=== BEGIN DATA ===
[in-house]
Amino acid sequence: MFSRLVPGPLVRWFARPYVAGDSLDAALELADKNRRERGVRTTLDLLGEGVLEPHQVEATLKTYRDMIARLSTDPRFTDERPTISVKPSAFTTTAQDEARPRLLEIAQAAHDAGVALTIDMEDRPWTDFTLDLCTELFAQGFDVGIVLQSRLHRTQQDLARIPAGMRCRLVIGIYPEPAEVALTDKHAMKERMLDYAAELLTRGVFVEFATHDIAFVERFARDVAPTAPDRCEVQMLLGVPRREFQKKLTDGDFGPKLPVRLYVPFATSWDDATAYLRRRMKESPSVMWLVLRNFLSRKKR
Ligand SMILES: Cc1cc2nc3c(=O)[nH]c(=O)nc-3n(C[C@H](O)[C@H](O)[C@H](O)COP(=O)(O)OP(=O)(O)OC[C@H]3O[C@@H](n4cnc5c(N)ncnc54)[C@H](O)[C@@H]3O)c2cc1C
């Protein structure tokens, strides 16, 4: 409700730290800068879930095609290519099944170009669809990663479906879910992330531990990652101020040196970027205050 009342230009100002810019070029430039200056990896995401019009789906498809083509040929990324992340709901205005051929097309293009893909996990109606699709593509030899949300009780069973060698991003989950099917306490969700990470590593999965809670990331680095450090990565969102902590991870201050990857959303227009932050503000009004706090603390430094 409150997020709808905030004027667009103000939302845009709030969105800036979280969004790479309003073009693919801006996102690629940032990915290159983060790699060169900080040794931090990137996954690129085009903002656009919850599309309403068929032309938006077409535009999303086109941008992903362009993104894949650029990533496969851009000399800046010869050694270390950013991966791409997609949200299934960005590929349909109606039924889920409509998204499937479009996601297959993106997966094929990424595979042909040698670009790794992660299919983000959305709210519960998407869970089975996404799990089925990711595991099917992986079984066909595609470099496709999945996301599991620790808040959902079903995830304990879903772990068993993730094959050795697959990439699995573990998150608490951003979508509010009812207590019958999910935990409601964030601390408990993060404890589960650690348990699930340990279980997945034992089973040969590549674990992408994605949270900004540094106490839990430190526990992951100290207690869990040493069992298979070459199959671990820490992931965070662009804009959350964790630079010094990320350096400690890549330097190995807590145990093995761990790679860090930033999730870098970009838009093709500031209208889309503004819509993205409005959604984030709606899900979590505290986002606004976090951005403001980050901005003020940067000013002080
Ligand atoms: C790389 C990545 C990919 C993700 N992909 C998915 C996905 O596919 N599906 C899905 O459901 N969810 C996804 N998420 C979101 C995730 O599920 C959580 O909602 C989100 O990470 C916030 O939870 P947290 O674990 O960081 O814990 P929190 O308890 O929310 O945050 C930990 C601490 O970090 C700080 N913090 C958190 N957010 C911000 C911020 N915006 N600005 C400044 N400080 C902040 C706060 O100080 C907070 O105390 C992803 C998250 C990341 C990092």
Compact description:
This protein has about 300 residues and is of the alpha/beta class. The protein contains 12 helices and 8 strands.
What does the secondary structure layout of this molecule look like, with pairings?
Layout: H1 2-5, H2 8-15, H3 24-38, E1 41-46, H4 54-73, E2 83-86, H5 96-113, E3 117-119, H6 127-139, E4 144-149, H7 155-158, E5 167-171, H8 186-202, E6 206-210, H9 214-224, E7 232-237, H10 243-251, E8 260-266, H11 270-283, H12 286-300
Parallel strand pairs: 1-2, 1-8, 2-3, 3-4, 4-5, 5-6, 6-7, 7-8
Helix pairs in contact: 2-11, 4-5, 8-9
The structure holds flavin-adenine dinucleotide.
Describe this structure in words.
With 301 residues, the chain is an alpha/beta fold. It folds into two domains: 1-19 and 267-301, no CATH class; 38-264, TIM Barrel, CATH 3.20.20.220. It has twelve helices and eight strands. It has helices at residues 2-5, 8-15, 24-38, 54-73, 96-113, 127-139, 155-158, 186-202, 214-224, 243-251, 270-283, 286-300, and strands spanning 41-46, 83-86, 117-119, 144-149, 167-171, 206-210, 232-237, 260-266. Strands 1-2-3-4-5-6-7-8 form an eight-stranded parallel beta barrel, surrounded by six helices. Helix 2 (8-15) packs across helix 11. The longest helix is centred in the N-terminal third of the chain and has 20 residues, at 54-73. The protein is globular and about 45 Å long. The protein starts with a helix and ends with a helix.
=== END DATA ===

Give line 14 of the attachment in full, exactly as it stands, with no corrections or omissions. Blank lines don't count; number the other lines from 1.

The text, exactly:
With 301 residues, the chain is an alpha/beta fold. It folds into two domains: 1-19 and 267-301, no CATH class; 38-264, TIM Barrel, CATH 3.20.20.220. It has twelve helices and eight strands. It has helices at residues 2-5, 8-15, 24-38, 54-73, 96-113, 127-139, 155-158, 186-202, 214-224, 243-251, 270-283, 286-300, and strands spanning 41-46, 83-86, 117-119, 144-149, 167-171, 206-210, 232-237, 260-266. Strands 1-2-3-4-5-6-7-8 form an eight-stranded parallel beta barrel, surrounded by six helices. Helix 2 (8-15) packs across helix 11. The longest helix is centred in the N-terminal third of the chain and has 20 residues, at 54-73. The protein is globular and about 45 Å long. The protein starts with a helix and ends with a helix.